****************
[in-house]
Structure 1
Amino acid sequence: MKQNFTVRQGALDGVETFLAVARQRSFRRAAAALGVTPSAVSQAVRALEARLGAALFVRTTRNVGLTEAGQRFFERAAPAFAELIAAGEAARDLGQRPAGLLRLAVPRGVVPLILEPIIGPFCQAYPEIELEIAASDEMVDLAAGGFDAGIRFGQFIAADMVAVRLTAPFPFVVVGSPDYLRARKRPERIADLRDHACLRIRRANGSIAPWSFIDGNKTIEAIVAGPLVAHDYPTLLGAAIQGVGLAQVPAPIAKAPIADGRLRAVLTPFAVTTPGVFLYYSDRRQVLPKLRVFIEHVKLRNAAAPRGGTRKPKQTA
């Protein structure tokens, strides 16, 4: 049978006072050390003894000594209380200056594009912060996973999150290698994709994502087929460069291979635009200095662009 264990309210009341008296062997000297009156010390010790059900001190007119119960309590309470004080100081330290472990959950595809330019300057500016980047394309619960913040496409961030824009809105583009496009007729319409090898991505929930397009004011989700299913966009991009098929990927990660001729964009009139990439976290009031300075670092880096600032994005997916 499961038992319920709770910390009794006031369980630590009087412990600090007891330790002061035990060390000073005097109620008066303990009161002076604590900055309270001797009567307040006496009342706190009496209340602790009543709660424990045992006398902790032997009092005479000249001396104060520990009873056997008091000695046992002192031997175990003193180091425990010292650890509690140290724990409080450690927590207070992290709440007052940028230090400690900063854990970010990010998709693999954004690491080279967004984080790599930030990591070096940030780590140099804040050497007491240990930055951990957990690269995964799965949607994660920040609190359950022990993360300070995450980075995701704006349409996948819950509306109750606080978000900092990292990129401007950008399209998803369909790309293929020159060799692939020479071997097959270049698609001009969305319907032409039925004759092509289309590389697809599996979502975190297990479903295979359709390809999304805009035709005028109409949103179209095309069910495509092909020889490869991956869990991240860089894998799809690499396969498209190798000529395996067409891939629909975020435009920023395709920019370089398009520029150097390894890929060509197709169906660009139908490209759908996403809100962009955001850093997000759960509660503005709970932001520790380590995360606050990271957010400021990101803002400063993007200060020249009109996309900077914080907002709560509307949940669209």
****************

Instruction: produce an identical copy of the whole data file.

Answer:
[in-house]
Structure 1
Amino acid sequence: MKQNFTVRQGALDGVETFLAVARQRSFRRAAAALGVTPSAVSQAVRALEARLGAALFVRTTRNVGLTEAGQRFFERAAPAFAELIAAGEAARDLGQRPAGLLRLAVPRGVVPLILEPIIGPFCQAYPEIELEIAASDEMVDLAAGGFDAGIRFGQFIAADMVAVRLTAPFPFVVVGSPDYLRARKRPERIADLRDHACLRIRRANGSIAPWSFIDGNKTIEAIVAGPLVAHDYPTLLGAAIQGVGLAQVPAPIAKAPIADGRLRAVLTPFAVTTPGVFLYYSDRRQVLPKLRVFIEHVKLRNAAAPRGGTRKPKQTA
């Protein structure tokens, strides 16, 4: 049978006072050390003894000594209380200056594009912060996973999150290698994709994502087929460069291979635009200095662009 264990309210009341008296062997000297009156010390010790059900001190007119119960309590309470004080100081330290472990959950595809330019300057500016980047394309619960913040496409961030824009809105583009496009007729319409090898991505929930397009004011989700299913966009991009098929990927990660001729964009009139990439976290009031300075670092880096600032994005997916 499961038992319920709770910390009794006031369980630590009087412990600090007891330790002061035990060390000073005097109620008066303990009161002076604590900055309270001797009567307040006496009342706190009496209340602790009543709660424990045992006398902790032997009092005479000249001396104060520990009873056997008091000695046992002192031997175990003193180091425990010292650890509690140290724990409080450690927590207070992290709440007052940028230090400690900063854990970010990010998709693999954004690491080279967004984080790599930030990591070096940030780590140099804040050497007491240990930055951990957990690269995964799965949607994660920040609190359950022990993360300070995450980075995701704006349409996948819950509306109750606080978000900092990292990129401007950008399209998803369909790309293929020159060799692939020479071997097959270049698609001009969305319907032409039925004759092509289309590389697809599996979502975190297990479903295979359709390809999304805009035709005028109409949103179209095309069910495509092909020889490869991956869990991240860089894998799809690499396969498209190798000529395996067409891939629909975020435009920023395709920019370089398009520029150097390894890929060509197709169906660009139908490209759908996403809100962009955001850093997000759960509660503005709970932001520790380590995360606050990271957010400021990101803002400063993007200060020249009109996309900077914080907002709560509307949940669209």